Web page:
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We were sailing in the Atlantic towards Barbados on one of the Grand Class ships (used by Princess/P&O, 116,000 tonnage), when someone  became seriously ill.

The captain increased speed to 23 knots, and explained that he could sail at 26 kn, but it would be very unpleasant for us all.

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I believe the last cruise ships built for speed were the twin ships built by Blohm and Voss for Royal Olympic Cruises in 2000/2001.Designed to sail at 28 knots, the 25000 tonne Olympic Voyager and Olympic Explorer sailed 7 night 3 continent round trips from Athens. Unfortunately, the lines first new builds and 9/11 bankrupted the company. They’re still sailing somewhere, but I can’t recall where.

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17 minutes ago, Downdie said:

I believe the last cruise ships built for speed were the twin ships built by Blohm and Voss for Royal Olympic Cruises in 2000/2001.Designed to sail at 28 knots, the 25000 tonne Olympic Voyager and Olympic Explorer sailed 7 night 3 continent round trips from Athens. Unfortunately, the lines first new builds and 9/11 bankrupted the company. They’re still sailing somewhere, but I can’t recall where.

Google is your friend. Explorer is operated by Diamond Cruises as the Glory Sea. Voyager is now the Chinese Taishan, owned by a Chinese ferry company.

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On 4/23/2020 at 1:28 PM, TheOldBear said:

At an onboard talk, Steve Payne mentioned the dramatic improvement in fuel efficiency from the original steam powered Queen Mary to the CODAG [COmbined Diesel And Gas turbine] QM2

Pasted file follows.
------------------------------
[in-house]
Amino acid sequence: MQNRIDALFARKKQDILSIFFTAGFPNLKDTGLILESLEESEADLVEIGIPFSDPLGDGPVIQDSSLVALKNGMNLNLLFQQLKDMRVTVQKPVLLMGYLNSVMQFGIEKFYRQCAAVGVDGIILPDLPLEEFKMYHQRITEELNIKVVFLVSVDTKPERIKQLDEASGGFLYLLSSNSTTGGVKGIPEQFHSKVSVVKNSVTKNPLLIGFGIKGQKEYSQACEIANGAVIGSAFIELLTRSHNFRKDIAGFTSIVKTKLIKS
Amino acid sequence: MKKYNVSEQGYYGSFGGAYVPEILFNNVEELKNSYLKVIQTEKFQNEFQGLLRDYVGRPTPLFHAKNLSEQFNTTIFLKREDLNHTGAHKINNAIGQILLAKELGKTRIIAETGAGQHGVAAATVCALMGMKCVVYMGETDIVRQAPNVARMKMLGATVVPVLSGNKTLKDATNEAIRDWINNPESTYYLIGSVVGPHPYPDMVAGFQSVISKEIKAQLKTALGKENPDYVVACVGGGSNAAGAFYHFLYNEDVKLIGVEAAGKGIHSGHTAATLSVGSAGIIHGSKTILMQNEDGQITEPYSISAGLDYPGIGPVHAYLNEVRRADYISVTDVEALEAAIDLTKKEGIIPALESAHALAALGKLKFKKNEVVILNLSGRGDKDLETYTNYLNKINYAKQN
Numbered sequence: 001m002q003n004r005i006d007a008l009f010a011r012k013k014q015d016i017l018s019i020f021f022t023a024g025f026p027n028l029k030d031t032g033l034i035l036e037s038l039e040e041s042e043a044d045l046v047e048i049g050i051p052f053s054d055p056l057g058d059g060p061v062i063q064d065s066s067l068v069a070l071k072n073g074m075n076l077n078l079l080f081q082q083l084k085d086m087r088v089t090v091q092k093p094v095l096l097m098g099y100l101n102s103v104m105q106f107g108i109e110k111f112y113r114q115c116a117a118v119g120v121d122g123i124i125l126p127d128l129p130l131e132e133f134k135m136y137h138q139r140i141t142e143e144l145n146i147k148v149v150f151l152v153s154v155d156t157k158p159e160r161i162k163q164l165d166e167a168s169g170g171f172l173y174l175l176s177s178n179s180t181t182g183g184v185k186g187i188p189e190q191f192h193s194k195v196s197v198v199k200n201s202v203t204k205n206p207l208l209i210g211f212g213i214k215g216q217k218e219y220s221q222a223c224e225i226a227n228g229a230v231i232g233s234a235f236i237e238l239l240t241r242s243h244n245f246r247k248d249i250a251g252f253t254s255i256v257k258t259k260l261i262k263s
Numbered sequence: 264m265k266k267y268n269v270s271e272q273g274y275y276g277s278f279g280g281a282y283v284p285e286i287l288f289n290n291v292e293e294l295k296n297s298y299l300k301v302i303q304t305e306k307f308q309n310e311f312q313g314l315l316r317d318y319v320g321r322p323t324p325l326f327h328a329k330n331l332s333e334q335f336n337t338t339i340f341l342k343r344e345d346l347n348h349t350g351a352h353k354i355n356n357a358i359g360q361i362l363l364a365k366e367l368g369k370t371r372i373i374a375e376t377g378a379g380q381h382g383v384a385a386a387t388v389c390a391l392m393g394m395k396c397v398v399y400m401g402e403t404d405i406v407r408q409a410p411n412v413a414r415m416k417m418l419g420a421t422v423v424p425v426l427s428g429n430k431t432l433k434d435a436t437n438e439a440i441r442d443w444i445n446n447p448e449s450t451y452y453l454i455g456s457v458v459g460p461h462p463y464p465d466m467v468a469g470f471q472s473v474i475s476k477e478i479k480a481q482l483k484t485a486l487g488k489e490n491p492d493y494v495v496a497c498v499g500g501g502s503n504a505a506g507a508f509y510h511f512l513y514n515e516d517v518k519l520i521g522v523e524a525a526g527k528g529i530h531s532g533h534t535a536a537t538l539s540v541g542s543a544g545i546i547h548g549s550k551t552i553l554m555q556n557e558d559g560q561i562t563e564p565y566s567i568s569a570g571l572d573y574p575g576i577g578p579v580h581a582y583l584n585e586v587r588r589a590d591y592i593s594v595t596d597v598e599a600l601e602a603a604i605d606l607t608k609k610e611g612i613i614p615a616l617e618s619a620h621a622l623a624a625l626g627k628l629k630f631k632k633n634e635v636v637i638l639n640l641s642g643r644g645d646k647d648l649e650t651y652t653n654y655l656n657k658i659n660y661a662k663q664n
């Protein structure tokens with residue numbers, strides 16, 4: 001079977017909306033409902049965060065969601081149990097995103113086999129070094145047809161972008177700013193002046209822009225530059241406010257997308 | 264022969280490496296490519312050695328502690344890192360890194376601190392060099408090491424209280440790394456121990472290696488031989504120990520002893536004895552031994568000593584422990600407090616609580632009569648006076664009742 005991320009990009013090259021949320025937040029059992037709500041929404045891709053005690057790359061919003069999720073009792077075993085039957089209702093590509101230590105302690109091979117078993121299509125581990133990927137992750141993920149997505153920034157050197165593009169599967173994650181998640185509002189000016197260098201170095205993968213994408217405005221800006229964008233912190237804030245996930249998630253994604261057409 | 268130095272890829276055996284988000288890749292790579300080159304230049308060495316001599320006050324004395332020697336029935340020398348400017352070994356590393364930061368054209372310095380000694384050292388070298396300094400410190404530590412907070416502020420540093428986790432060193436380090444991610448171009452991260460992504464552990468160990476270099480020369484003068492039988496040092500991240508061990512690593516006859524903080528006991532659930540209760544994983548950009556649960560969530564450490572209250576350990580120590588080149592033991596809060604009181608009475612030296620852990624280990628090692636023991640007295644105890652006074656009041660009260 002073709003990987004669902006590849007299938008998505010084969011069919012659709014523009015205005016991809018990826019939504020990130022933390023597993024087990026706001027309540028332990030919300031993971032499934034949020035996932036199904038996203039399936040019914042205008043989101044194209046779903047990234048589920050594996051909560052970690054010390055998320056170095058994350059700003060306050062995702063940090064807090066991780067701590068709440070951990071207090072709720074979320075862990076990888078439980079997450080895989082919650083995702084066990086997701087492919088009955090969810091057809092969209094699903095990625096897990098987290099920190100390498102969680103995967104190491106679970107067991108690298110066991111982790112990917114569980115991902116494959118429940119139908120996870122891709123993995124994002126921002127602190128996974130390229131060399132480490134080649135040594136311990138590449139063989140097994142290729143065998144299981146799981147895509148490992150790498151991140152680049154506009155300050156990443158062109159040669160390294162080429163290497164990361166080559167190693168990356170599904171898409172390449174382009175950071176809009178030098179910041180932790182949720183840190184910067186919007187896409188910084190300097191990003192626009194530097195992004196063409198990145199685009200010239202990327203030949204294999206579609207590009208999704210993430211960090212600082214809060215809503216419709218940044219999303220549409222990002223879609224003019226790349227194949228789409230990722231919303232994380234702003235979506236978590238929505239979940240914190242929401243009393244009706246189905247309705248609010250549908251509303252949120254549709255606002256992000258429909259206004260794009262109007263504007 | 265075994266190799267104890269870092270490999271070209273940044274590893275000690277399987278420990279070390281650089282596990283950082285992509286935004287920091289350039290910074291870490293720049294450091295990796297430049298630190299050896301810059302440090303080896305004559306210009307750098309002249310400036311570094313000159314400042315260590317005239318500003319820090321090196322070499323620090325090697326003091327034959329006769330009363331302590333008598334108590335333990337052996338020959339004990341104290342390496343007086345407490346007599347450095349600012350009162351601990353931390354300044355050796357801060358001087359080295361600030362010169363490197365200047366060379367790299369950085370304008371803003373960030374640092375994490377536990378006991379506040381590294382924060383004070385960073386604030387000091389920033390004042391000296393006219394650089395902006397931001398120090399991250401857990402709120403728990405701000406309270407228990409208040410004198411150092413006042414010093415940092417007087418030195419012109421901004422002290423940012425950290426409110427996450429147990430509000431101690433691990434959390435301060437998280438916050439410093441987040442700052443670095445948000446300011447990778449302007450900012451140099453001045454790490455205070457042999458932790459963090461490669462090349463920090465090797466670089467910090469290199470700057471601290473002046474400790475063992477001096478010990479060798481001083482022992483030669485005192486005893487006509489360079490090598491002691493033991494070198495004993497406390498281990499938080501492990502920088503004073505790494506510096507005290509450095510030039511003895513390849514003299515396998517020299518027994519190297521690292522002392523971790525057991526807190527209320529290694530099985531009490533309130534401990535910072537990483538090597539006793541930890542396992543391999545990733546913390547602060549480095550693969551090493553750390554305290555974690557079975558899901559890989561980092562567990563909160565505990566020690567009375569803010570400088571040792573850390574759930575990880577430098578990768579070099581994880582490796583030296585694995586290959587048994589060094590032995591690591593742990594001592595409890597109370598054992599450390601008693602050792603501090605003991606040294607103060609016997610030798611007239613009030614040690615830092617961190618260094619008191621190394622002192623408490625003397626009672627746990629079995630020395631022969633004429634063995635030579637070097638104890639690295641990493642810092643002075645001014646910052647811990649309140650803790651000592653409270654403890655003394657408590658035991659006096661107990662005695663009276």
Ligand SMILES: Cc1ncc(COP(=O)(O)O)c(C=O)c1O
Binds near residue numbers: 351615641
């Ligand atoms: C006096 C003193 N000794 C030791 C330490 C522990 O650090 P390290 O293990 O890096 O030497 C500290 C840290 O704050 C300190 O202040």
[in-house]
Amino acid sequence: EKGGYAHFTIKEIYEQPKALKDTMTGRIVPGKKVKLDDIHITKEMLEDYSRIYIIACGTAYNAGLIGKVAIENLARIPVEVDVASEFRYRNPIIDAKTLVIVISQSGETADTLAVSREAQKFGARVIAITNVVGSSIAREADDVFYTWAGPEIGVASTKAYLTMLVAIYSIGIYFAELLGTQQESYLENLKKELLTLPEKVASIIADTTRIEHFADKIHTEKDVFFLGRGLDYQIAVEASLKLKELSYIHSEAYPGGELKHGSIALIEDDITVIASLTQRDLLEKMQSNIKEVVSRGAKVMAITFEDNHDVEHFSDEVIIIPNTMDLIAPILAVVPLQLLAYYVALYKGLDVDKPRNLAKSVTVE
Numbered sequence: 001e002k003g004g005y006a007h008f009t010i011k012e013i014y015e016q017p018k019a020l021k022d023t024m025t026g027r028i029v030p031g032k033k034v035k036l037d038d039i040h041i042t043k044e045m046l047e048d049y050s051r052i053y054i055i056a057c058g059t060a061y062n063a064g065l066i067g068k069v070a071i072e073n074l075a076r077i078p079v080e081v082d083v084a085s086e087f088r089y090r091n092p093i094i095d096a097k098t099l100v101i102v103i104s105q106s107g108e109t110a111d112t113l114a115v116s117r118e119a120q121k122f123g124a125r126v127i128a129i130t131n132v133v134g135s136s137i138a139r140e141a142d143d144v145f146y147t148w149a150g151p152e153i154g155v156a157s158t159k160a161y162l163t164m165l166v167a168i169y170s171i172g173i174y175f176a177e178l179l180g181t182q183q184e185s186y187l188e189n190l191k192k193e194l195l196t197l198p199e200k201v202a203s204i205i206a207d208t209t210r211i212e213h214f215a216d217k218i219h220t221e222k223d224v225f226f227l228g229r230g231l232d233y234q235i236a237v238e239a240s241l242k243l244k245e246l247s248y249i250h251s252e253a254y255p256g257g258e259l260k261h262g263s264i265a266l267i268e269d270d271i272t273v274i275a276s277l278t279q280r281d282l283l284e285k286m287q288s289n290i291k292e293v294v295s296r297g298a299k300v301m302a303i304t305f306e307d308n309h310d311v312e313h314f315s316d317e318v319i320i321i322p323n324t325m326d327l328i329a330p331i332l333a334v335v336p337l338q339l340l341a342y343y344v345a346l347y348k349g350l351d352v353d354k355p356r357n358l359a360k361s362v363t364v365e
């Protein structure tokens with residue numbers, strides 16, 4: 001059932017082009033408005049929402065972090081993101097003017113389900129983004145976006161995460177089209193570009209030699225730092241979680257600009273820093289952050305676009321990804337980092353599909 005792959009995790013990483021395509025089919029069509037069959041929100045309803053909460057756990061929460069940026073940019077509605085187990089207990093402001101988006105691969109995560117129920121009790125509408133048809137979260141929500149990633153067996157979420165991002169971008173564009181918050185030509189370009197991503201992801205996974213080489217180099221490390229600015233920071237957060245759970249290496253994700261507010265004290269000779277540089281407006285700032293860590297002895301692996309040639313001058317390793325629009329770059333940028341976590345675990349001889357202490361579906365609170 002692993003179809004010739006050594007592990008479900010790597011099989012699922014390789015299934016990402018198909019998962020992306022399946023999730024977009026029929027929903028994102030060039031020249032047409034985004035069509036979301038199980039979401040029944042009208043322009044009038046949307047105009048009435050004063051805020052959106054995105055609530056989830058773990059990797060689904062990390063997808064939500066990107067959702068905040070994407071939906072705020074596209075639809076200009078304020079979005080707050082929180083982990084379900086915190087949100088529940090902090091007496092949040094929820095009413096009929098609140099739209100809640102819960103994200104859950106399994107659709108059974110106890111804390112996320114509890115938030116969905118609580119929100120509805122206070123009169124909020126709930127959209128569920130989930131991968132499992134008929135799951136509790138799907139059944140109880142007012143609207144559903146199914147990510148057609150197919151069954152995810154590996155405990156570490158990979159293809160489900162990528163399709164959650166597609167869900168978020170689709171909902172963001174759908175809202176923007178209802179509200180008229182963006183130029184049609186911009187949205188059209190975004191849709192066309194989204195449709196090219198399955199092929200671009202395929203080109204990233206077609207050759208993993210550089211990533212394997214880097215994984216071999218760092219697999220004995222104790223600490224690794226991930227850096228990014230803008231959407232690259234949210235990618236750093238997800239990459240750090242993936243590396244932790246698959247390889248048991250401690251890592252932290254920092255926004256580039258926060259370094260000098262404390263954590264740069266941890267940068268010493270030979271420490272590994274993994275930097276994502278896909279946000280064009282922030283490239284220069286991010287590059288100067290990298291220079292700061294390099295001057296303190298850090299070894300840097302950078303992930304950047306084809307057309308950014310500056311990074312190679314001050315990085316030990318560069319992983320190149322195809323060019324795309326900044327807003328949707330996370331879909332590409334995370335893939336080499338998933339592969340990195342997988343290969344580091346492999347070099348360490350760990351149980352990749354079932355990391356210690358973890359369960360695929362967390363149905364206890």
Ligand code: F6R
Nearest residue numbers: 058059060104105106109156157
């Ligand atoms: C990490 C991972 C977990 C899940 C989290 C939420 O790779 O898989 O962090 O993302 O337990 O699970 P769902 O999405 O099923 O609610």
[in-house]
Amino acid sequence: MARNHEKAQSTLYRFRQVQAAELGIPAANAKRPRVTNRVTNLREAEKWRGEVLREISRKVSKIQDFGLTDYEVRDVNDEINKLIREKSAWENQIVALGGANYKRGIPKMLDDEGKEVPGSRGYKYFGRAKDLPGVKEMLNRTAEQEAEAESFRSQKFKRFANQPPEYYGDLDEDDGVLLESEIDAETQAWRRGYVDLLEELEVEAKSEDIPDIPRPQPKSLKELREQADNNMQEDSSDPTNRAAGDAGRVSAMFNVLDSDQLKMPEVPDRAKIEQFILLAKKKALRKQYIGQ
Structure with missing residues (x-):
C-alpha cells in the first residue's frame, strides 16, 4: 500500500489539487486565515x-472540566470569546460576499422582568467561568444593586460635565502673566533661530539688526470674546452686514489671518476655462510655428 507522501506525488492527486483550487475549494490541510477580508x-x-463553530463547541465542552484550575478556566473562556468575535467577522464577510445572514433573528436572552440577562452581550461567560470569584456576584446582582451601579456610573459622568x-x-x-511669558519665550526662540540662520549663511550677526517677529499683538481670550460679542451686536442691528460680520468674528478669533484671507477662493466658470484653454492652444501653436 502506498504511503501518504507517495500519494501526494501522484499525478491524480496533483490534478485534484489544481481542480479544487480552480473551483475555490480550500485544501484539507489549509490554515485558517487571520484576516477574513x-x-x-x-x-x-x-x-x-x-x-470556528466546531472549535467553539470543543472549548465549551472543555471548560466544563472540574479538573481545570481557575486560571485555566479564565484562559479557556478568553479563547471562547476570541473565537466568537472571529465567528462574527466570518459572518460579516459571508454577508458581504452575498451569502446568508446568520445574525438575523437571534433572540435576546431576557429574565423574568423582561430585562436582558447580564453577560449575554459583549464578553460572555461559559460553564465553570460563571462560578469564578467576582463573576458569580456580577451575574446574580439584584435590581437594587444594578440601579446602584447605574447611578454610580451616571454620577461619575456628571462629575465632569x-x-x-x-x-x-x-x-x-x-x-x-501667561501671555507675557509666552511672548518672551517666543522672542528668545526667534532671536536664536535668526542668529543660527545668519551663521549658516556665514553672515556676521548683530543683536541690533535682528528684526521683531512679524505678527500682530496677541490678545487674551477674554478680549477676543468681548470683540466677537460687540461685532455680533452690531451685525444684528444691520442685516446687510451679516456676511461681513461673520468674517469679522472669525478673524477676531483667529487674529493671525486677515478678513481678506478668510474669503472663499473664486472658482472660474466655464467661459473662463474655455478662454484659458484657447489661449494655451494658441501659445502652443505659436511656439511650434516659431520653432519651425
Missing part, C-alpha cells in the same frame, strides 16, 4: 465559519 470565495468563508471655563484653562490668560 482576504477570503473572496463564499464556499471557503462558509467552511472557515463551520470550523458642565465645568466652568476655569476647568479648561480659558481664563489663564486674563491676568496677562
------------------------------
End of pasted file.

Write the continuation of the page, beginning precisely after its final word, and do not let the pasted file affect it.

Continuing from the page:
The original got 12 feet to the gallon, the QM2 gets 16 feet to the gallon 😉

 

Many years ago, Road & Track magazine did a fun "car" test on some unusual vehicle for their April issue.  They even did fuel consumption and performance measurements.

 

One year, they did one of the QM ships, I would have to dig to find the issue.

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Posted (edited)

Not a cruise ship    but the same size as I believe R class ships like Azamara

 

The Spirit of Tasmania Ferry between Melbourne and Devonport in Australia

 

Basic facts 194m long  29338 Gross Tonnage  power 4 x  10560kw V16's  via twin props

 

Max Speed 30.9 knots   Average speed for its 430km trip across Bass Strait is 27 knots, in all weather

 

Also the Max Speed, it at the limit using the old formula 

hull speed in knots equals 1.34 times the square root of the waterline length in feet 

 

Just for info an r-class  only has  4 x  3370kw v12's  via twin props  with a max of 18 knots

 

Cheers Don

Edited by getting older slowly
Add details r class

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When we cruised on Norwegian Wind 2004 the captain often announced that the speed was 25 knots. I'm not sure if she's still sailing under another name or if she is gone now.

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2 hours ago, sverigecruiser said:

 

When we cruised on Norwegian Wind 2004 the captain often announced that the speed was 25 knots. I'm not sure if she's still sailing under another name or if she is gone now.

Again, Google is your friend. She is now with Star Cruises as SuperStar Aquarius.

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51 minutes ago, CruiserBruce said:

Again, Google is your friend. She is now with Star Cruises as SuperStar Aquarius.

 

Thank you.

 

I know that Google is my friend, I just didn't bother to look since it wasn't important for me.

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16 hours ago, getting older slowly said: